The course, delivered by Sutton Biodiversity Officer, Dave Warburton, started off proceedings in the beautiful Honeywood museum located next to Carshalton Ponds. After a brief introduction to trees and some basic taxonomy, we started to run through various common tree species and how to tell them apart in the winter. Obviously, very distinctive features, such as leaves, are largely absent in the winter months and so to differentiate between species, you instead need to look at the buds and the bark. The large sticky brown buds of the horse chestnut tree, for instance, easily distinguish it from the small clustered buds of wild cherry. However, with closely related species such as peduncular and sessile oak, the differences become much more subtle.
After much frantic note scribbling and some lunch to re-energise us, we headed out into the Ecology Centre grounds to apply what we had learnt in the classroom. With each new species we came across, we were encouraged to point out the features present, trying to narrow down which species it could be. We quickly got the hang of many of the more iconic trees and shrubs, such as sycamore and hazel, as well as differentiating between blackthorn and hawthorn. By the end of the long walk, we even began to recognise some of the trickier species, without too much prompting!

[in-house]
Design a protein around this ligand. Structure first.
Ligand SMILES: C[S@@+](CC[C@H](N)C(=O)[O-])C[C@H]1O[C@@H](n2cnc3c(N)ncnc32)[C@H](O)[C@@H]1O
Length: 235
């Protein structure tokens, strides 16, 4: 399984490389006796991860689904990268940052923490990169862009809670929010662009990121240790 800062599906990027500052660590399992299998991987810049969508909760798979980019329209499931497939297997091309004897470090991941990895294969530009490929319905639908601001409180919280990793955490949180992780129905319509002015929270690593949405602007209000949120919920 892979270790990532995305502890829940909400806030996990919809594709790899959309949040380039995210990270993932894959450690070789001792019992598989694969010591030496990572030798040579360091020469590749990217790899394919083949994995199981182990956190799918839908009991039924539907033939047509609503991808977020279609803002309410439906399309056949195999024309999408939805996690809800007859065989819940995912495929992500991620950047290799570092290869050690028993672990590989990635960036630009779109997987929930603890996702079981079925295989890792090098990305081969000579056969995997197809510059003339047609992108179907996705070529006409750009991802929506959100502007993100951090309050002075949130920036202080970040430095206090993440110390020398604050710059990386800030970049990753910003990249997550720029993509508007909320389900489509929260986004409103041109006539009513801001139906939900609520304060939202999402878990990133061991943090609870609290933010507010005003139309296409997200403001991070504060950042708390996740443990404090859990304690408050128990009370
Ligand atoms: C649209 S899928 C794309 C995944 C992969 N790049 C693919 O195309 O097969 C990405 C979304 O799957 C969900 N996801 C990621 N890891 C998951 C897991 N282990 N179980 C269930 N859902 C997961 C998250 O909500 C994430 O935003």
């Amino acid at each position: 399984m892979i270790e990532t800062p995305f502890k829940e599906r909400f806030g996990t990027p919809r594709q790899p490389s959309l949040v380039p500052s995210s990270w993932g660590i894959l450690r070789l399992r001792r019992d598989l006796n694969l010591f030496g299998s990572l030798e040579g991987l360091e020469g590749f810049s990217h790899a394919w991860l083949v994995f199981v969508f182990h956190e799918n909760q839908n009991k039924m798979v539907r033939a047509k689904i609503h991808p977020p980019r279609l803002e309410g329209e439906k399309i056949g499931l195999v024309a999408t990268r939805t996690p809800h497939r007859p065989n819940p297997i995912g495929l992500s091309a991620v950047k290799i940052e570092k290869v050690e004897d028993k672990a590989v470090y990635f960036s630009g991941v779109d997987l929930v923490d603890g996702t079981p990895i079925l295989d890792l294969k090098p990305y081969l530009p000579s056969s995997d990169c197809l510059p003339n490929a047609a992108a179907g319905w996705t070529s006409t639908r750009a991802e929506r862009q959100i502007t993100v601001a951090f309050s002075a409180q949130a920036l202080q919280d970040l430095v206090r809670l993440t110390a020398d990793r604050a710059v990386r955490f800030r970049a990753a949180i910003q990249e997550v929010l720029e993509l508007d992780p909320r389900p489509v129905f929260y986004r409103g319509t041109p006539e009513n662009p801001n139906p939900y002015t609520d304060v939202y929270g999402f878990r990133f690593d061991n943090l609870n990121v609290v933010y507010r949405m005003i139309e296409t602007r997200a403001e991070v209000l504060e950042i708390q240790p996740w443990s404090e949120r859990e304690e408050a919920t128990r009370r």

Finally we headed back to the Ecology Centre, where we were presented with a test. 22 numbered specimens were laid out on the table; we put our notes away and used what we had learnt to identify what each one was. As it turned out, most people got just over half right, with the top scorer achieving 17!
This was a great course and incredibly useful at this time of year. Everyone had a great time and we all left with a much greater understanding of winter trees than when we went in.
Biodiversity Project Officer